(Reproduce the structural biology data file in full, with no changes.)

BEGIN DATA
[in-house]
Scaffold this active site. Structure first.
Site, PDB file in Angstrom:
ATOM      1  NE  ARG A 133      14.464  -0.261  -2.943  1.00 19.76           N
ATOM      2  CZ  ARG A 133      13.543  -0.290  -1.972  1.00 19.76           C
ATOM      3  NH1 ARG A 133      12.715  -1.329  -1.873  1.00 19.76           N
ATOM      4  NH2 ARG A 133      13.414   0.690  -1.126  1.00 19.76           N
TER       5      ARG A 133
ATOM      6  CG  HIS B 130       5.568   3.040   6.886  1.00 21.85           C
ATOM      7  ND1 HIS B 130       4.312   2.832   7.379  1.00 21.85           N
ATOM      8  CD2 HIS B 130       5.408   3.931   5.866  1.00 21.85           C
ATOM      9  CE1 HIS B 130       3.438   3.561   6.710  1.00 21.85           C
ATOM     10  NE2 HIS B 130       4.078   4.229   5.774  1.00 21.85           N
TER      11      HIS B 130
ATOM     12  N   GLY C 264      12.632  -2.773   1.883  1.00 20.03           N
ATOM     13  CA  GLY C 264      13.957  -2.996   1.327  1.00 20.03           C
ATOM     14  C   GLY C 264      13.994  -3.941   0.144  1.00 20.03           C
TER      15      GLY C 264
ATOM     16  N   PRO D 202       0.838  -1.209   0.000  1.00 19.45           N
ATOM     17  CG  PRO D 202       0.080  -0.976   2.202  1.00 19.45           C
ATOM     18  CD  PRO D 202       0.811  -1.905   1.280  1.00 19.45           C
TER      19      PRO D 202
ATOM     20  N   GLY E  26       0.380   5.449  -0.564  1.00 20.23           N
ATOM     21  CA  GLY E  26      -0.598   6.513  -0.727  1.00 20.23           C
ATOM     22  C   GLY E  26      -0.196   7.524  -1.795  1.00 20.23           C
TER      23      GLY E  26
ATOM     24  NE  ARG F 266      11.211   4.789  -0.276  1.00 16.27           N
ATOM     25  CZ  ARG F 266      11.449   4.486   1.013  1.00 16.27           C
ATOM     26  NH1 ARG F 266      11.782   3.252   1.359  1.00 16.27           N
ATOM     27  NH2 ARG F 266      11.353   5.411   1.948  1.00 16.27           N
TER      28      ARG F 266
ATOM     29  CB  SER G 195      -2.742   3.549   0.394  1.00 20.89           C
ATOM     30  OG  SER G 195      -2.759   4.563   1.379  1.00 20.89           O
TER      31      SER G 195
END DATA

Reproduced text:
[in-house]
Scaffold this active site. Structure first.
Site, PDB file in Angstrom:
ATOM      1  NE  ARG A 133      14.464  -0.261  -2.943  1.00 19.76           N
ATOM      2  CZ  ARG A 133      13.543  -0.290  -1.972  1.00 19.76           C
ATOM      3  NH1 ARG A 133      12.715  -1.329  -1.873  1.00 19.76           N
ATOM      4  NH2 ARG A 133      13.414   0.690  -1.126  1.00 19.76           N
TER       5      ARG A 133
ATOM      6  CG  HIS B 130       5.568   3.040   6.886  1.00 21.85           C
ATOM      7  ND1 HIS B 130       4.312   2.832   7.379  1.00 21.85           N
ATOM      8  CD2 HIS B 130       5.408   3.931   5.866  1.00 21.85           C
ATOM      9  CE1 HIS B 130       3.438   3.561   6.710  1.00 21.85           C
ATOM     10  NE2 HIS B 130       4.078   4.229   5.774  1.00 21.85           N
TER      11      HIS B 130
ATOM     12  N   GLY C 264      12.632  -2.773   1.883  1.00 20.03           N
ATOM     13  CA  GLY C 264      13.957  -2.996   1.327  1.00 20.03           C
ATOM     14  C   GLY C 264      13.994  -3.941   0.144  1.00 20.03           C
TER      15      GLY C 264
ATOM     16  N   PRO D 202       0.838  -1.209   0.000  1.00 19.45           N
ATOM     17  CG  PRO D 202       0.080  -0.976   2.202  1.00 19.45           C
ATOM     18  CD  PRO D 202       0.811  -1.905   1.280  1.00 19.45           C
TER      19      PRO D 202
ATOM     20  N   GLY E  26       0.380   5.449  -0.564  1.00 20.23           N
ATOM     21  CA  GLY E  26      -0.598   6.513  -0.727  1.00 20.23           C
ATOM     22  C   GLY E  26      -0.196   7.524  -1.795  1.00 20.23           C
TER      23      GLY E  26
ATOM     24  NE  ARG F 266      11.211   4.789  -0.276  1.00 16.27           N
ATOM     25  CZ  ARG F 266      11.449   4.486   1.013  1.00 16.27           C
ATOM     26  NH1 ARG F 266      11.782   3.252   1.359  1.00 16.27           N
ATOM     27  NH2 ARG F 266      11.353   5.411   1.948  1.00 16.27           N
TER      28      ARG F 266
ATOM     29  CB  SER G 195      -2.742   3.549   0.394  1.00 20.89           C
ATOM     30  OG  SER G 195      -2.759   4.563   1.379  1.00 20.89           O
TER      31      SER G 195